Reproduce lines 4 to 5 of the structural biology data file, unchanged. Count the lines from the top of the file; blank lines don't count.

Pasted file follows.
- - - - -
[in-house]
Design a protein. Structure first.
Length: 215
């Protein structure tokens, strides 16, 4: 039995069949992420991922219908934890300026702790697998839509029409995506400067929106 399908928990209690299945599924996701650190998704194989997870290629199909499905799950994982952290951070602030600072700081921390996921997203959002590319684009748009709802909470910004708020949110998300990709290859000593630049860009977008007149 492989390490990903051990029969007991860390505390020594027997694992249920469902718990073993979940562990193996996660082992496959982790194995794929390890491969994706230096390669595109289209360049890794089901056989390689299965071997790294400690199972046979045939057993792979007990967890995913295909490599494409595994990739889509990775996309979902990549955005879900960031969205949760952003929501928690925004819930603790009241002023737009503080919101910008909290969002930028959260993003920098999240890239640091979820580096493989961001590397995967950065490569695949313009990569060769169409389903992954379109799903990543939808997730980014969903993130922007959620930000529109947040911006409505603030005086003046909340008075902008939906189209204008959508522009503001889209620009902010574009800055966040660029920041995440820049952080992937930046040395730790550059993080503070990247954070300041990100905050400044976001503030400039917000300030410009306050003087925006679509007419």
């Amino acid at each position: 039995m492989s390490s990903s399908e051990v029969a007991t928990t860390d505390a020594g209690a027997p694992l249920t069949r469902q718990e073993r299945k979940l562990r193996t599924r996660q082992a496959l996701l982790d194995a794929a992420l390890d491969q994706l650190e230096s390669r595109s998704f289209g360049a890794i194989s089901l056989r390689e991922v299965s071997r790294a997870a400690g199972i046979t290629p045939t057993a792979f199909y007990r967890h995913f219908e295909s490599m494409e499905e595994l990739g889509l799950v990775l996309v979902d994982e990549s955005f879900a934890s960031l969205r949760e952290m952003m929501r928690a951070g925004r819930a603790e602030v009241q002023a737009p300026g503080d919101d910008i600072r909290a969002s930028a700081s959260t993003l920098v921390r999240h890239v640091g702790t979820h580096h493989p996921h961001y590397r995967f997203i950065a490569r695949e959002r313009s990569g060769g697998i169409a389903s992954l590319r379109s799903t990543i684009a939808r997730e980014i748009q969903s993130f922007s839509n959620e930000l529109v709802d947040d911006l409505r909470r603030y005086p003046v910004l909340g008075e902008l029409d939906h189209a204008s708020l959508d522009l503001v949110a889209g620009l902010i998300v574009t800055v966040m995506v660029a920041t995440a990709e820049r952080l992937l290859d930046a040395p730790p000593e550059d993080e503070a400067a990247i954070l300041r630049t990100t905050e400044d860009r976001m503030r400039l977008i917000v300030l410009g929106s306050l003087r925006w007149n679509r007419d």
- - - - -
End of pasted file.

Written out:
């Protein structure tokens, strides 16, 4: 039995069949992420991922219908934890300026702790697998839509029409995506400067929106 399908928990209690299945599924996701650190998704194989997870290629199909499905799950994982952290951070602030600072700081921390996921997203959002590319684009748009709802909470910004708020949110998300990709290859000593630049860009977008007149 492989390490990903051990029969007991860390505390020594027997694992249920469902718990073993979940562990193996996660082992496959982790194995794929390890491969994706230096390669595109289209360049890794089901056989390689299965071997790294400690199972046979045939057993792979007990967890995913295909490599494409595994990739889509990775996309979902990549955005879900960031969205949760952003929501928690925004819930603790009241002023737009503080919101910008909290969002930028959260993003920098999240890239640091979820580096493989961001590397995967950065490569695949313009990569060769169409389903992954379109799903990543939808997730980014969903993130922007959620930000529109947040911006409505603030005086003046909340008075902008939906189209204008959508522009503001889209620009902010574009800055966040660029920041995440820049952080992937930046040395730790550059993080503070990247954070300041990100905050400044976001503030400039917000300030410009306050003087925006679509007419």
């Amino acid at each position: 039995m492989s390490s990903s399908e051990v029969a007991t928990t860390d505390a020594g209690a027997p694992l249920t069949r469902q718990e073993r299945k979940l562990r193996t599924r996660q082992a496959l996701l982790d194995a794929a992420l390890d491969q994706l650190e230096s390669r595109s998704f289209g360049a890794i194989s089901l056989r390689e991922v299965s071997r790294a997870a400690g199972i046979t290629p045939t057993a792979f199909y007990r967890h995913f219908e295909s490599m494409e499905e595994l990739g889509l799950v990775l996309v979902d994982e990549s955005f879900a934890s960031l969205r949760e952290m952003m929501r928690a951070g925004r819930a603790e602030v009241q002023a737009p300026g503080d919101d910008i600072r909290a969002s930028a700081s959260t993003l920098v921390r999240h890239v640091g702790t979820h580096h493989p996921h961001y590397r995967f997203i950065a490569r695949e959002r313009s990569g060769g697998i169409a389903s992954l590319r379109s799903t990543i684009a939808r997730e980014i748009q969903s993130f922007s839509n959620e930000l529109v709802d947040d911006l409505r909470r603030y005086p003046v910004l909340g008075e902008l029409d939906h189209a204008s708020l959508d522009l503001v949110a889209g620009l902010i998300v574009t800055v966040m995506v660029a920041t995440a990709e820049r952080l992937l290859d930046a040395p730790p000593e550059d993080e503070a400067a990247i954070l300041r630049t990100t905050e400044d860009r976001m503030r400039l977008i917000v300030l410009g929106s306050l003087r925006w007149n679509r007419d």